The world of grassroots horror is full of obsessives who will do whatever it takes to make their micro-budgeted epics. As far from the glitz and glamour of Hollywood as you’re likely to get, directors Paul Hunt and Julie Kauffmann follow a handful of creatives for whom an almost complete lack of funds fuels a drive and imagination to get things done their way.
At this point, there’s a need on my part for full disclosure – plus that genuine shock provided by a “Holy shit, I know that bloke!” moment as someone from your real life appears on screen – regarding this documentary, which does briefly feature filmmaker and Celluloid Screams festival supremo Rob Nevitt showing up in one of early the talking head segments. As much as I love Rob and Celluloid Screams this does not mean The Brilliant Terror automatically gets five stars.
Much of The Brilliant Terror follows Mike Lombardo who films his horror flicks in small town America, working a day job at a pizza restaurant to finance his real passion. That’s not to say shooting a zero-budget genre pic is ever going to be a walk in the park and even those folks with a seemingly unending supply of love for the process are going to have that love severely tested on a regular basis.
There are glimpses of other titles Mike has worked upon but we’re here to see what’s going on in The Stall, which marks a more serious effort than the comedy horror fare on which he’s cut his teeth. This is not someone who’s graduated from film school, this is a prime example of having enthusiasm for your projects, reading up on your subject, learning on the job and, above all, believing in yourself.
It’s not just Mike though. There’s an army of folks out there doing exactly the same thing, bringing their own individual spin to the genre and, to paraphrase a quote you’ll find within, with the advent of the internet, it’s possible to annoy people across the globe via instant distribution. This is more indie than indie.
It’s pleasing that the documentary takes the workmanlike approach of its subjects and doesn’t even try to paint a glossy picture of the constant struggle endured by these hardy souls to get their projects beamed into the eager eyes of the horror community. That’s not to say there are issues – even when your film is made for peanuts, there’s always someone out there ready to send a death threat.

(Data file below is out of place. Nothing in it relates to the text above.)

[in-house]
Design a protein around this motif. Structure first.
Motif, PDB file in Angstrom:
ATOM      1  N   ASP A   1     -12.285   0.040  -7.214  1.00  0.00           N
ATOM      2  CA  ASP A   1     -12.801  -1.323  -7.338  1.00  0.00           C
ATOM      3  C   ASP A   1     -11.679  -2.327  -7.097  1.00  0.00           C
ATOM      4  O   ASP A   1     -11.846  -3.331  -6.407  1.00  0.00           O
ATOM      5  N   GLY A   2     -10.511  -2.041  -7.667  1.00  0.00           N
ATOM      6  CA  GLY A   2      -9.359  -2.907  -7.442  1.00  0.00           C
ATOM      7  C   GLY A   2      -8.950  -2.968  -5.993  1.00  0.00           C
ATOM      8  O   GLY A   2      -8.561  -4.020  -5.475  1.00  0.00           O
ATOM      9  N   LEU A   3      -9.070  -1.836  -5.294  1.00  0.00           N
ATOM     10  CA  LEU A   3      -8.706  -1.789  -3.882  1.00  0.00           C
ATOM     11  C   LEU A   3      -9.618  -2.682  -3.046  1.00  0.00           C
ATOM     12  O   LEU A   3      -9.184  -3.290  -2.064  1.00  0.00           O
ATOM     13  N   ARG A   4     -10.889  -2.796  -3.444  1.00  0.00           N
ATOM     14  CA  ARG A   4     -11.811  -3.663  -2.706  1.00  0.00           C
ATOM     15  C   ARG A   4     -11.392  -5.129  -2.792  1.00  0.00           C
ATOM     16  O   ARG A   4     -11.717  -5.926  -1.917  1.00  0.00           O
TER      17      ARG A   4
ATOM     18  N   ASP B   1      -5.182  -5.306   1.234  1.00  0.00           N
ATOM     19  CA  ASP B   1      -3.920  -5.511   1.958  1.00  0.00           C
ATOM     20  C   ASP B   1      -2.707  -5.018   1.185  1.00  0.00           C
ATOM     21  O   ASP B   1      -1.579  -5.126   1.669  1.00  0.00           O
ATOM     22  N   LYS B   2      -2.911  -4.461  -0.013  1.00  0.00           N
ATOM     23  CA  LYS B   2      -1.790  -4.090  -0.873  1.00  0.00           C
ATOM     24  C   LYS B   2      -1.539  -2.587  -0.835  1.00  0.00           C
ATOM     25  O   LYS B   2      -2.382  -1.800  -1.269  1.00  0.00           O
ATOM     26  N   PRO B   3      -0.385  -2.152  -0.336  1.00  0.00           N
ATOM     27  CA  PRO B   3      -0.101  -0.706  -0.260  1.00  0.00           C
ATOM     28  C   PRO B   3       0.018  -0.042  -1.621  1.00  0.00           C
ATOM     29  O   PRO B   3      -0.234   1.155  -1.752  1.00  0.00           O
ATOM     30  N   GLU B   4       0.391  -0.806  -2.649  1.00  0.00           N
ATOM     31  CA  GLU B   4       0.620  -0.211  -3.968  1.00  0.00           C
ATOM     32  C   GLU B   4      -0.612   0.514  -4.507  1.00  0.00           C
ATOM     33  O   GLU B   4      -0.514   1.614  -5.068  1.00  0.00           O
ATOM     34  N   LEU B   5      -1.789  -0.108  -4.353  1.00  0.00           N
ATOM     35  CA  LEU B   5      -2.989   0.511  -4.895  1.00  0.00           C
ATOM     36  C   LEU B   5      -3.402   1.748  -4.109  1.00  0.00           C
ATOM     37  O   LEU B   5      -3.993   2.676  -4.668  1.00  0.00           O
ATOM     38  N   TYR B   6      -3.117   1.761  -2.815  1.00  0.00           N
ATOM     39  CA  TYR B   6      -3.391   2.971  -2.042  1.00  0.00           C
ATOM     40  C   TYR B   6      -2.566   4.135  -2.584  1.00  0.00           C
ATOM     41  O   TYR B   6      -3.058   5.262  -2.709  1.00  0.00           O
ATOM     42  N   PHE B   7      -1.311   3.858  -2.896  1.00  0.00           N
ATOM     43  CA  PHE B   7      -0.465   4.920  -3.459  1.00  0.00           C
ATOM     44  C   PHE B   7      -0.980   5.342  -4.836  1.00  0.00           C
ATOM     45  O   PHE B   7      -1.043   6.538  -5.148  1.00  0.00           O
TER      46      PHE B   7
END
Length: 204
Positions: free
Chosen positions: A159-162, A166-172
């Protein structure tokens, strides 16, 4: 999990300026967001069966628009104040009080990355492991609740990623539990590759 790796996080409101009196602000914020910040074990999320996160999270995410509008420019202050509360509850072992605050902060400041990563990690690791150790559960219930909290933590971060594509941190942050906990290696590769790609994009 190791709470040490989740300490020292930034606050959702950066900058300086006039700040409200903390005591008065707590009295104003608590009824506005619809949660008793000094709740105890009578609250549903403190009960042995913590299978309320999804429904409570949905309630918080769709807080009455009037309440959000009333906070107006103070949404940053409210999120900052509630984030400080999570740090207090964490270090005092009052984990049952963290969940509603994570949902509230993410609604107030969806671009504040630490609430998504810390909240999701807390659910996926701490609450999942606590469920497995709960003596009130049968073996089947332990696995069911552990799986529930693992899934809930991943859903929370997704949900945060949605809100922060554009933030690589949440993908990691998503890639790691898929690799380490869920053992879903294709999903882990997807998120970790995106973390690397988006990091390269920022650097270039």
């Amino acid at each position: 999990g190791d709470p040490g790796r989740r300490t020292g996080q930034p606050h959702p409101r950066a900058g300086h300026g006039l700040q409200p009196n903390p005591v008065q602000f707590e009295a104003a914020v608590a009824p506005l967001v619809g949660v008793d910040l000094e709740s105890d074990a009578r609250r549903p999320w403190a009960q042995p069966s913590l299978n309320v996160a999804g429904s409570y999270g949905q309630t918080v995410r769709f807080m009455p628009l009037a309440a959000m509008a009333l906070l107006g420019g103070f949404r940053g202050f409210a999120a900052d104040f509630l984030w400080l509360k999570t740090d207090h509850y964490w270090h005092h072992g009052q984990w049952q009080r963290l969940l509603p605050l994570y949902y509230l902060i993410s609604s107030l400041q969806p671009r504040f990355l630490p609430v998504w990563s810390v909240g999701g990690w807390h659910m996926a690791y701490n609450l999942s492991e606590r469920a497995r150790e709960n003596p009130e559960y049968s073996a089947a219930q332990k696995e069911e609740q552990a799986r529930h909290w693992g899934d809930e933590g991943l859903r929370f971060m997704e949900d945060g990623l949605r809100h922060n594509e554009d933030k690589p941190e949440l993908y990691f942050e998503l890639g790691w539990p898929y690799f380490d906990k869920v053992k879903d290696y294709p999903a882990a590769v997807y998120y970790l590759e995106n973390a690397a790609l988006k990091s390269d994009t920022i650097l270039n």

Doom and gloom are largely kept at bay, however. There’s an amusing anecdote about the perils of including a werewolf in your story, especially when the bargain basement costume looks like it will disintegrate in a light breeze. Special effects frequently turn out to anything but special and in the cases of those which cost a relative fortune, both director and viewer will have everything crossed hoping it looks a million dollars – or at least the three hundred bucks the production had to shell out.
To say too much more about this would be to ruin this lovely snapshot which is a testament to the indefatigable spirit of ordinary people with extraordinary dreams. It’s a culture which is a pleasingly broad church and the affection bestowed upon it by Hunt and Kauffmann is plain to see. There are contributions from fans and even a psychological slant provided by a researcher into the effects of horror but the main focus, quite rightly, is on the filmmakers and a supremely likeable bunch they are too.
Ultimately, the litmus test for this kind of documentary such as this is: Do I want to check the films out from the clips shown? Hell, yes. It’s one thing to present a bunch of genial folks trying to get their weird movies made but if those weird movies look like they’re going to suck then the overall effect is one of sympathy for the little guy but little else. Not so here. These projects can’t hide behind multi-million dollar CGI and hype and they look all the better for it. My list of horror films to see just got longer.
Read our Five FrightFest Facts with Mike Lombardo indie horror filmmaker and feature subject of The Brilliant Terror HERE